What are we doing?

Now the works of the flesh are obvious: fornication, impurity, licentiousness, idolatry, sorcery, enmities, strife, jealousy, anger, quarrels, dissensions, factions, envy, drunkenness, carousing, and things like these. I am warning you, as I warned you before: those who do such things will not inherit the kingdom of God. By contrast, the fruit of the Spirit is love, joy, peace, patience, kindness, generosity, faithfulness, gentleness, and self-control. There is no law against such things. And those who belong to Christ Jesus have crucified the flesh with its passions and desires. If we live by the Spirit, let us also be guided by the Spirit. Let us not become conceited, competing against one another, envying one another.
Galatians 5:19‭-‬26 NRSV


The deities of Gallatia were famously cruel, says Tom Holland in a podcast (https://podcasts.apple.com/gb/podcast/ask-nt-wright-anything/id1441656192?i=1000567526058).

He refers particularly to Cybele the Mother of the Gods whose priests the galli, were eunuchs, males who castrated themselves after a frenzied ceremony and dressed as women thereafter.

Cybele was a protective goddess of Rome, standing for its authority and order. Cybele’s earthly manifestation was Livia, the mother of Roman emperors, deified in AD42 as the Great Mother, the Mother of the Gods.

Why am I bothering to write this? Well it gives a background to Galatians 5 with Paul’s railing against the subversion of the Way of Jesus by both Jewish law and Roman. He equates circumcision to castration. But there’s more. It also calls us to examine the religion we call Christianity.

Paul was a radical and his message was dangerous, foolish and a stumbling block, undermining the judaisers and Roman civil society. Living by the Spirit was revolutionary. And today? Well today I think we need to reconsider the gift we have as people of the Way of Jesus, our seeming slavery to creeds and traditions, and our running after religion.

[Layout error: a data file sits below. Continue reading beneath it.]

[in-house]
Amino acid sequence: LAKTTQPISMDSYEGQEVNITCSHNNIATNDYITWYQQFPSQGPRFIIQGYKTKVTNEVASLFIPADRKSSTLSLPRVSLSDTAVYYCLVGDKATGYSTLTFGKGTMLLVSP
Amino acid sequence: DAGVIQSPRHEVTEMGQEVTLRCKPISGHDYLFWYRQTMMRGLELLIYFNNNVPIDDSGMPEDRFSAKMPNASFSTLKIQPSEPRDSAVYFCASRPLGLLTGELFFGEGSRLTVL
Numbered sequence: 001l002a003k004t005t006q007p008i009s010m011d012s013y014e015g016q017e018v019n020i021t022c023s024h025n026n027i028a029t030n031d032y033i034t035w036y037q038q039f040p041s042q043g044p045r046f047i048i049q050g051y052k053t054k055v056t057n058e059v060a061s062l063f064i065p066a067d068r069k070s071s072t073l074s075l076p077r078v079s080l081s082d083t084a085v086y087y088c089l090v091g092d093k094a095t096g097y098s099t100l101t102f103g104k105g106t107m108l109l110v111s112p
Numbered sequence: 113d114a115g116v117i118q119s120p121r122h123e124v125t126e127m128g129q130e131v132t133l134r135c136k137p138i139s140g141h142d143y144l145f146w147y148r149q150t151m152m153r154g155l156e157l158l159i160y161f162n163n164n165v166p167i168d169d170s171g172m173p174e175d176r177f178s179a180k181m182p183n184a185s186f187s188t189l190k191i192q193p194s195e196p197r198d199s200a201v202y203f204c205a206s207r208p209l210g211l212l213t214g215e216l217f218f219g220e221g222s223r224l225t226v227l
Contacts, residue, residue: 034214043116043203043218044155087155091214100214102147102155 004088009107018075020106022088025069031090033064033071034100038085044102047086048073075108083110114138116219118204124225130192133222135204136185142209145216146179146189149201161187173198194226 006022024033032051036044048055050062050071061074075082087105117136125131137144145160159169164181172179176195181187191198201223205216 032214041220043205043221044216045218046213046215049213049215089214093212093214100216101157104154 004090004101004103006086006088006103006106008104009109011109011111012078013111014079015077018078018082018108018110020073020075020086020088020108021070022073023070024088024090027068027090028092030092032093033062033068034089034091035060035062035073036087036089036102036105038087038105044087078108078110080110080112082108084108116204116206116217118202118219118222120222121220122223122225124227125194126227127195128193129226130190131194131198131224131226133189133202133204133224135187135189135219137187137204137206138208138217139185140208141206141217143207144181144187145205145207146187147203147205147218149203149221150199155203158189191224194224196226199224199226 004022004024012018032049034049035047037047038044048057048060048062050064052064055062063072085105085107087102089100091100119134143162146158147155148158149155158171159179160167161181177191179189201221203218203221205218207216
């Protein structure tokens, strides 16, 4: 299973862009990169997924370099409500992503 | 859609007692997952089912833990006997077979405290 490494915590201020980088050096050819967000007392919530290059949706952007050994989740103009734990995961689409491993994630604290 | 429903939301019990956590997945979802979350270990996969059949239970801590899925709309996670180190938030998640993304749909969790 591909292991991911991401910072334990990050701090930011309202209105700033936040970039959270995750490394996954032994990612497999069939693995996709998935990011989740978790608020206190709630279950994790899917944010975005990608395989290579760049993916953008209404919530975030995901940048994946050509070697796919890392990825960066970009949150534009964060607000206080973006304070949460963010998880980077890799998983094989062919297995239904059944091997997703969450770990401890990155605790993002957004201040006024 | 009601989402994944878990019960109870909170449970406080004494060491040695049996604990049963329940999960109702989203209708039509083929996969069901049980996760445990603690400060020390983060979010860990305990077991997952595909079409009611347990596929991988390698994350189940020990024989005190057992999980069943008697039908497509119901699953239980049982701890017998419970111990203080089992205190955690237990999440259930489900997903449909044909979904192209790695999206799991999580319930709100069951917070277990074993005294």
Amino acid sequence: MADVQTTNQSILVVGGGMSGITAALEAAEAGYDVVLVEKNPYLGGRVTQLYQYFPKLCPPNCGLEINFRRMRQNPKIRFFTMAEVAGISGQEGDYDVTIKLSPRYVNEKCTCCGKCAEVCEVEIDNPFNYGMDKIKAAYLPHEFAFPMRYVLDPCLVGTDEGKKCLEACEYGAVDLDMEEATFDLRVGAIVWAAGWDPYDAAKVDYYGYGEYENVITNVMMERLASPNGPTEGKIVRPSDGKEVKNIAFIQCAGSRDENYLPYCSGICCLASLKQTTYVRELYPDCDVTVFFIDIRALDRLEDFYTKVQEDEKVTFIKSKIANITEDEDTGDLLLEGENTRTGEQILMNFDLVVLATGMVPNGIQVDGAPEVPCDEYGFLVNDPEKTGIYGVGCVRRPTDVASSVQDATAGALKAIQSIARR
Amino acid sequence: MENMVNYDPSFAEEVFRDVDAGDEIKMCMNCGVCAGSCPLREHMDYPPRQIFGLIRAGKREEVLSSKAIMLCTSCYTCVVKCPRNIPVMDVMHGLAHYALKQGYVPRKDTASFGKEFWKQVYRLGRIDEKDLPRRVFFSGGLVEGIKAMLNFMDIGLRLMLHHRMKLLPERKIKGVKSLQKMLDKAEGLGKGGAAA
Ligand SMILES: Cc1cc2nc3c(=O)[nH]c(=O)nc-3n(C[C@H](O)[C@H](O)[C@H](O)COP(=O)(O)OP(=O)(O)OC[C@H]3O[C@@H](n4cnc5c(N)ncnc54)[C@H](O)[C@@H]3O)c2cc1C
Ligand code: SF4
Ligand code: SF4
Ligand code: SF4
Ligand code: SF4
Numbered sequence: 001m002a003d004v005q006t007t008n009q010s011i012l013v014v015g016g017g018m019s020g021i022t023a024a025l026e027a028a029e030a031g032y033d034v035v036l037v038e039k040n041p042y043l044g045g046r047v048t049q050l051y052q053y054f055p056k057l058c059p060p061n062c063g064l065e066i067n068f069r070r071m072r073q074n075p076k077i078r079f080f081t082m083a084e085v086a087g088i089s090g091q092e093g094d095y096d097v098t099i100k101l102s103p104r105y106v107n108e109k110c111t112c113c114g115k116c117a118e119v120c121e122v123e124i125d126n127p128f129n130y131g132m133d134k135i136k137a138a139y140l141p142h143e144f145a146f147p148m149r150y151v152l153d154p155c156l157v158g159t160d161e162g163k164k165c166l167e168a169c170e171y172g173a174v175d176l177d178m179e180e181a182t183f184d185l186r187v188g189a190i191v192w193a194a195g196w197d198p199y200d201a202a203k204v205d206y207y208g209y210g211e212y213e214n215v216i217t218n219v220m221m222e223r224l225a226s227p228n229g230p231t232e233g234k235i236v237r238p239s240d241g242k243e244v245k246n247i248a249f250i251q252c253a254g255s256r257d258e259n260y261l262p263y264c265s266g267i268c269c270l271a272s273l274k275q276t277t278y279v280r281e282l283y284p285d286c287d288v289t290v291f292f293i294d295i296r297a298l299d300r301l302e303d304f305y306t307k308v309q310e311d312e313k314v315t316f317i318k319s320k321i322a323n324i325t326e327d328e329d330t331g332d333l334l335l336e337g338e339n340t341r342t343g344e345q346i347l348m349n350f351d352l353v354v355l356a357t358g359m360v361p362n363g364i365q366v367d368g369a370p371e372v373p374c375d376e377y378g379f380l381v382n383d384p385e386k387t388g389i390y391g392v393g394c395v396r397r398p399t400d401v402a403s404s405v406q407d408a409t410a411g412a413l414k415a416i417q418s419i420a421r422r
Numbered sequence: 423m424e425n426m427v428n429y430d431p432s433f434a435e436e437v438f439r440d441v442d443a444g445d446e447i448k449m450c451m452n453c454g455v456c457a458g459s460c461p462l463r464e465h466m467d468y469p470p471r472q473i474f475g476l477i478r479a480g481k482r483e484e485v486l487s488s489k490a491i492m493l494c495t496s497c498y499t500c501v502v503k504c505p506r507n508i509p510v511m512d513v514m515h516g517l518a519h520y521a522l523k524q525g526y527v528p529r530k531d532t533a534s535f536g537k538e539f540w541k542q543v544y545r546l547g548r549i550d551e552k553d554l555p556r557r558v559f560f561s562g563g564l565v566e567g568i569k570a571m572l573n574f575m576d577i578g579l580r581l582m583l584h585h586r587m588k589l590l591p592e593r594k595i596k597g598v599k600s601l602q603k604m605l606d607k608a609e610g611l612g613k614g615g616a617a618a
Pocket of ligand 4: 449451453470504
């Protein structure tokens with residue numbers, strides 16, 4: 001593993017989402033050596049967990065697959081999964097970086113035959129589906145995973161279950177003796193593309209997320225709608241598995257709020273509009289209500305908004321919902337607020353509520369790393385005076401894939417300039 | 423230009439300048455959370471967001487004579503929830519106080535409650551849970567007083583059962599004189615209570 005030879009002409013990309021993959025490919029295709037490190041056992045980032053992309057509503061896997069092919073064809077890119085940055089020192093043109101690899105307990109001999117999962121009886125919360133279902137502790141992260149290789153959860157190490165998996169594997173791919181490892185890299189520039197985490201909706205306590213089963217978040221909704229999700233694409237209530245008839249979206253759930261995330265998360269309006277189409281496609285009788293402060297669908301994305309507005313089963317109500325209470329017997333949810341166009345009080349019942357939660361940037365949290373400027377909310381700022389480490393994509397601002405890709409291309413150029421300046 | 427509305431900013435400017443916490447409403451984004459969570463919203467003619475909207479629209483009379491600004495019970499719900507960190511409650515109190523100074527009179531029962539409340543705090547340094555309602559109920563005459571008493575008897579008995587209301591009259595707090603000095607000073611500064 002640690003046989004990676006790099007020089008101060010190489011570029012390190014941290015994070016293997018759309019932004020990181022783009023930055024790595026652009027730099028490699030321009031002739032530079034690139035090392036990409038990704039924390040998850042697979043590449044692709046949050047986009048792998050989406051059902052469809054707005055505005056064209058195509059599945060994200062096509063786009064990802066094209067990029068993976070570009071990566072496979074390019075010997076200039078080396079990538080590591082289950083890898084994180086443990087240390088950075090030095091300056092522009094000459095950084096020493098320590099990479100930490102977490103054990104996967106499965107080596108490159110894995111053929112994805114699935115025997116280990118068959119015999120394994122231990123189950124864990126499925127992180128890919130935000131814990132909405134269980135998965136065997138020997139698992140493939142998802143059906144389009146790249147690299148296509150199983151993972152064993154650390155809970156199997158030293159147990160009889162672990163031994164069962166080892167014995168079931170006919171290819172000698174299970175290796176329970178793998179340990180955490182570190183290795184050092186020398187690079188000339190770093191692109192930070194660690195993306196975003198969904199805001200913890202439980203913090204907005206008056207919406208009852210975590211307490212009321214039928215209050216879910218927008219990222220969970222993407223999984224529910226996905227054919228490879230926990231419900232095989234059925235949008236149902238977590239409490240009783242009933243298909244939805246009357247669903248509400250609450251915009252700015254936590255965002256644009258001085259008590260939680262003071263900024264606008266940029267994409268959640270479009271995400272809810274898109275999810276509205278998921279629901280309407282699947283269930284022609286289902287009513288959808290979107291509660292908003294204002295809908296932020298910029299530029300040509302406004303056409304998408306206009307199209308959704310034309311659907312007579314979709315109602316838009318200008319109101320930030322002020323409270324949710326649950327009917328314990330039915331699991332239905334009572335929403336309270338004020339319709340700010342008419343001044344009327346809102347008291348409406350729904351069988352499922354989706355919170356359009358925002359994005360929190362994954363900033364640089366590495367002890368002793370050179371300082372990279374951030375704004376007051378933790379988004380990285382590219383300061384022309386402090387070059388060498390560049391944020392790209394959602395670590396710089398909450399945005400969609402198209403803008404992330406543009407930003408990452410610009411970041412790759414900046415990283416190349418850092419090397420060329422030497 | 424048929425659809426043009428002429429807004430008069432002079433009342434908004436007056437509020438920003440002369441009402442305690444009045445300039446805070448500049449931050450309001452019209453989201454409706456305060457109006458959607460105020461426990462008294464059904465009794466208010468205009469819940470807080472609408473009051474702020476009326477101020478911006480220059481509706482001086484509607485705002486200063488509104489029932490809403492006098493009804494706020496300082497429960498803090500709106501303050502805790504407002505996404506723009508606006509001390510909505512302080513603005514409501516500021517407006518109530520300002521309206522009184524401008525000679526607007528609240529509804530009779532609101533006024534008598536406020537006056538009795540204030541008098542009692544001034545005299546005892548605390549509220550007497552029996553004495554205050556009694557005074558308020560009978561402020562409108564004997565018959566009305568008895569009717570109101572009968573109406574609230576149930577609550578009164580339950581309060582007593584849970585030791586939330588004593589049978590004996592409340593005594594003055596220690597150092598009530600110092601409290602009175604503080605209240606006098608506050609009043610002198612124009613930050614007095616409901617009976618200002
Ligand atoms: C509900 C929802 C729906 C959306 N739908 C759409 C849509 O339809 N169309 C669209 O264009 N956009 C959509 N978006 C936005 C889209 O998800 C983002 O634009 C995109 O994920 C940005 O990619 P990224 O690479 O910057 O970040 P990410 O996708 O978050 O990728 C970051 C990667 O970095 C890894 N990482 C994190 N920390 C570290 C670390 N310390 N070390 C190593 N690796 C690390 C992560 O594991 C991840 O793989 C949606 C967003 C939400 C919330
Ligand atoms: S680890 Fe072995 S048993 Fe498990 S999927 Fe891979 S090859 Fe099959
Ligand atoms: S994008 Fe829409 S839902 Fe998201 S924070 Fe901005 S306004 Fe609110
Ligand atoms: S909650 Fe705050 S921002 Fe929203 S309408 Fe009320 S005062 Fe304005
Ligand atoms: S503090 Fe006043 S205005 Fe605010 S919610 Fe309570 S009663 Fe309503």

We are people of the Spirit. Luke reports Jesus to have said to one of his would be followers who appealed to tradition,

… “Let the dead bury their own dead; but as for you, go and proclaim the kingdom of God.”
Luke 9:60 NRSV


This section of Jesus’s teaching is a preparation in my mind for the realities of being followers of Jesus in a hostile world. His followers were cast out from the synagogues and proclaimed atheists by Roman civil society, considered by some to practice cannibalism, drinking blood and eating flesh.

Jesus alerts us to the power of a people of the Spirit and how religion is not our security. A relationship with the living God is. Jesus is the Way, the Truth and the Life.

To be plain, we need to examine our traditions and religious practices. When we hear that the son of Cybele, the mother god, was Attis who was mutilated, died and rose again we can see what a threat the story of Jesus was to Rome and its protecting gods. We also need to be alerted to how the later inclusion of Christianity in the Roman cults would have Christianized the practices of the gods of the land and subverted the true message of the kingdom of God wrapping it in alien forms.

The way our churches are organised and their practices owe a lot to the system of paterfamilias of Roman culture. This religious system arguably gave a framework for the spread of Christianity outside the synagog with the church leader taking on the role the father under Roman family law. Some of our ways of being are a throw back to this tradition and are now sanctified by those who wield power. That’s why church services feel so incongruous when held up to the way of Jesus. We have to exercise discernment for our times or become more irrelevant.

We know Pope Gregory, who aimed to Christianise the British Isles, directed that the Anglo Saxan pagan festivals were to be made Christian and churches supplant places of worship, for example Glastonbury.

The origins of some of our ways of being the church, threaten the integrity of the message and are redundant. We need to be wise and faithful to the word of Jesus and keep it simple.

The Breedon Angel

Paul says,

For you were called to freedom, brothers and sisters; only do not use your freedom as an opportunity for self-indulgence, but through love become slaves to one another. For the whole law is summed up in a single commandment, “You shall love your neighbor as yourself.” If, however, you bite and devour one another, take care that you are not consumed by one another.
Galatians 5:13‭-‬15 NRSV


Let us be free. Let us not be consumed by the arguments and practices that divide, so that we bite and devour one another.

It is time now to be revealed as those whose faith releases us to love not binds us to beliefs.

See the amazing Anglo Saxon Carvings at Breedon, a testimony of the Christianising of the British Isles

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1 Response to What are we doing?

  1. Laird Morris says:


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